2016 Republicans, Debates, New Hampshire, Uncategorized

Debate Recap: Governor’s Ball

February 6, 2016

That was a costly few minutes for Marco Rubio.  How costly?  If he’d answered Chris Christie very effectively, he could have put himself in position to finish a very close second at worst, with a great chance of winning South Carolina after.  Now it looks like there’s a reason to keep a governor or two around for a while.

Time for the rundown on who won, who lost and who stayed in place:

Winners:

John Kasich

He stayed in perfect Granite State pitch for the evening.  Kasich was able to distinguish himself from the other governors as the most bipartisan.  In a quick postgame interview he was buoyant as can be.  He did exactly what he intended to.  While Christie took down Rubio and Jeb pushed back against Trump, Kasich got to stay positive.

There’s still the matter of how Kasich’s act will translate in South Carolina and further down the road, but the debate went perfectly for him.  No candidate’s odds of reaching their desired outcome on Tuesday went up more than his.

Jeb Bush

Getting better each round.  Christie did the grunt work on Rubio, taking him down and enabling Jeb to focus on pitching his own record and more than holding his own in his exchange with Trump.

More than anything, you came away from the event thinking it might actually be neat to have Jeb on the stage in the future.  Not only is he no longer painful to watch, he’s legitimately contributing to the discourse.  It looks like Bush is determined to push on regardless of the outcome in New Hampshire.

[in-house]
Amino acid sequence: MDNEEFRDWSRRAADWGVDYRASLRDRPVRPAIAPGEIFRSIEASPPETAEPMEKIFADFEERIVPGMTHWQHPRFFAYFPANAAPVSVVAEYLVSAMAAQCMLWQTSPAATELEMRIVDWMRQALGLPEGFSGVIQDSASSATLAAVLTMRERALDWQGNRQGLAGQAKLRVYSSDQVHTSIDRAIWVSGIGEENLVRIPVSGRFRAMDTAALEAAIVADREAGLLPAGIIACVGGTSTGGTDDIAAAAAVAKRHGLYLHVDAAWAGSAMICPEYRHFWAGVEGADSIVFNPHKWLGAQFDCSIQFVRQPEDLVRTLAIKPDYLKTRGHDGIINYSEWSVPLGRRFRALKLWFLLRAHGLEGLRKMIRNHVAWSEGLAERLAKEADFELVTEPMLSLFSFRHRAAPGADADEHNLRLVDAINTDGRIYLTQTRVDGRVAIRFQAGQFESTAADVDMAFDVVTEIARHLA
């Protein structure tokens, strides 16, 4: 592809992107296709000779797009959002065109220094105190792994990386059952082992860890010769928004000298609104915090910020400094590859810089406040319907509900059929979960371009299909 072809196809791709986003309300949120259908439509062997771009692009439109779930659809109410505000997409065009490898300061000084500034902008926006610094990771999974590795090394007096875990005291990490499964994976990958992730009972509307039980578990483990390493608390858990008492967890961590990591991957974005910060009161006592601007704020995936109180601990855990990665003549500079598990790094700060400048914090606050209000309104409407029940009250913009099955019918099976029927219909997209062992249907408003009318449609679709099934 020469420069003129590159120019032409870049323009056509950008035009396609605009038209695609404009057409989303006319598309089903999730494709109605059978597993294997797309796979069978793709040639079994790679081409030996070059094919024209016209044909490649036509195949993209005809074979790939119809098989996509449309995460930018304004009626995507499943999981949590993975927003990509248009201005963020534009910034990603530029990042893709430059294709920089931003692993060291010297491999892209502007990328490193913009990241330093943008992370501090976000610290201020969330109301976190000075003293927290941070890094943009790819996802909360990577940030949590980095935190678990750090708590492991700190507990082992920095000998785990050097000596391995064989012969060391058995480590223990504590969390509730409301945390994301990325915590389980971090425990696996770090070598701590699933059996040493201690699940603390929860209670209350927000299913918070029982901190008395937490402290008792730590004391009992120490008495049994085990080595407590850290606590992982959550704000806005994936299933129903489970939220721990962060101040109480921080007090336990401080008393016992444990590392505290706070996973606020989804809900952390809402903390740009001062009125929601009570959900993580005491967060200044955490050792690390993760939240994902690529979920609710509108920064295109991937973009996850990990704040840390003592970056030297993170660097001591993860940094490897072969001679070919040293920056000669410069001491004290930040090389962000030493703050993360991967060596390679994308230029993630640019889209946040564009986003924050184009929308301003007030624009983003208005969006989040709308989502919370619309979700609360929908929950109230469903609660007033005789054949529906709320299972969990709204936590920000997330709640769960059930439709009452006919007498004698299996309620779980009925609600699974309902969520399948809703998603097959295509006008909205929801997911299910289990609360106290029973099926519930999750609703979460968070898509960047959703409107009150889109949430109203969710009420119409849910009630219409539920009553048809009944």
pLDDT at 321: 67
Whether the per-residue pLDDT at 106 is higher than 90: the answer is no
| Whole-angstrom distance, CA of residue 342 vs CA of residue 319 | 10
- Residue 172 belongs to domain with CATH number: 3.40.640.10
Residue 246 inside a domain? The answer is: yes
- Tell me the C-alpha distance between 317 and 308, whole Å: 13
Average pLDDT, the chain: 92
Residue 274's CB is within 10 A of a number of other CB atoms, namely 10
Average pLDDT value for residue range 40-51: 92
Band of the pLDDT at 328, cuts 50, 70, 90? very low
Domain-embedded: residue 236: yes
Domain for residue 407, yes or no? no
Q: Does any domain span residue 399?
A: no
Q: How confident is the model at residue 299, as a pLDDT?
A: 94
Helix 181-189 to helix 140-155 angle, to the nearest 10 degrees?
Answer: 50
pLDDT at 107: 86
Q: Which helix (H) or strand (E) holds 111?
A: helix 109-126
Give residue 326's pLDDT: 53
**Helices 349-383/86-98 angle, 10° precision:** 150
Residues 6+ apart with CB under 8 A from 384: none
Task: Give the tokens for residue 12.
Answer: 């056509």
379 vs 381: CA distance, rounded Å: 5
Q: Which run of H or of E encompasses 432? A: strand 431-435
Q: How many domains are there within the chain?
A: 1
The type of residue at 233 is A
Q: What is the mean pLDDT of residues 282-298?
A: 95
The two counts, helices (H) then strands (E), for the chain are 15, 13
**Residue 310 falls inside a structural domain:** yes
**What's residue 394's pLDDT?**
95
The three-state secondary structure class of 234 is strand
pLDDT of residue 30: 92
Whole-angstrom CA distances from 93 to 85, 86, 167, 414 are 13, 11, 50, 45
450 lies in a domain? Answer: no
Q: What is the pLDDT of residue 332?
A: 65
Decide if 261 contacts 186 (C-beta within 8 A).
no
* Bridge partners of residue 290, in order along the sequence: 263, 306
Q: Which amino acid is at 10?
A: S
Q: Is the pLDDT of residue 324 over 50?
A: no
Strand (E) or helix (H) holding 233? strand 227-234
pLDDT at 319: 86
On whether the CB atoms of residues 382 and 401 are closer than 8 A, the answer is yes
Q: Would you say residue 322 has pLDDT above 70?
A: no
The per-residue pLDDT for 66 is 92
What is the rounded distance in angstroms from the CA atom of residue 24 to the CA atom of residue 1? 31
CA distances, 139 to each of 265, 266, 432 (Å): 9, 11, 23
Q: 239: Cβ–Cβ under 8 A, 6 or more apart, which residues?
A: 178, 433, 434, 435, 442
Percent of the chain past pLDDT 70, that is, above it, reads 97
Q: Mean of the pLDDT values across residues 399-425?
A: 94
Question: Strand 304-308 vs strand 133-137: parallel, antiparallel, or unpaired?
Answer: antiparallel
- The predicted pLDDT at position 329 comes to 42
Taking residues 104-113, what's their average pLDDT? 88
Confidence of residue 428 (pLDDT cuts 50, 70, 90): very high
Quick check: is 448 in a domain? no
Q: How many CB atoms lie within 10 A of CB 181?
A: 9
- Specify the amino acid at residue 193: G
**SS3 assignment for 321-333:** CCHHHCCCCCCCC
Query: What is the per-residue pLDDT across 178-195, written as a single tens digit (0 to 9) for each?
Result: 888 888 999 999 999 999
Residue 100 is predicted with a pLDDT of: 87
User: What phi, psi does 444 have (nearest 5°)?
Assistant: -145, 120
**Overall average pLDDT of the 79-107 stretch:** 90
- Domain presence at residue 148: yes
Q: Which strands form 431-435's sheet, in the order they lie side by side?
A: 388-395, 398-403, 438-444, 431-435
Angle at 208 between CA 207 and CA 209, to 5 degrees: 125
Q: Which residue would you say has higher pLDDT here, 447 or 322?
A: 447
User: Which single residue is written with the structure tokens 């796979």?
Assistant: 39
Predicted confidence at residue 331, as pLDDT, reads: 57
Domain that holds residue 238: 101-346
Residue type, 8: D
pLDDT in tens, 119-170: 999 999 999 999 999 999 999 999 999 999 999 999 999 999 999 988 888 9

Even if he winds up 4th or 5th, he built his justification.  Rubio gave voters, donors, and establishment figures a reason to wait before rallying around him.  Christie was an expert assassin, but probably didn’t do enough to make sure voters choose him.  Kasich did exactly what he needed to, but he’s yet to do anything to indicate he’ll play outside of New Hampshire.

Add that all up and there’s a reason the world still needs Jeb Bush.  More than anything, that’s what he wanted from the debate and his time spent in New Hampshire.  If a good debate performance and pictures of his mom pushing her walker through the snow get him a strong second or third place finish, all the better.

Jeb, you are no longer a zombie.  Congratulations!  Remember everyone, Jeb hadn’t debated since Saddam Hussein was still in power.  It took some time to shake the rust off.  He’s a better candidate now.

 

Donald Trump

He wasn’t great.  The eminent domain exchange with Bush might have cost Trump a few votes among New Hampshire voters who believe very strongly in property rights.  That said, when you enter the debate with a big lead and do fairly decently, it’s a clear win.

When the one person with a decent mathematical chance of pushing you falls flat on their face, it’s a win.  Trump is a better debater than he was at the beginning.  The performance wasn’t as strong as the last debate he participated in, but he did better than the highly-touted guys on each side of him.

Solid effort.

 

Loser:

Marco Rubio

There is no excuse for this.  Rubio and his team knew these questions were coming.  He knew Christie would likely try to slug him.  I was so sure Marco would have the right response that I took for granted in the preview that it would work to his advantage.

Oops.  For the next debate, I’ll go back to assuming Rubio is a normal candidate who may make a mistake in debate planning and execution.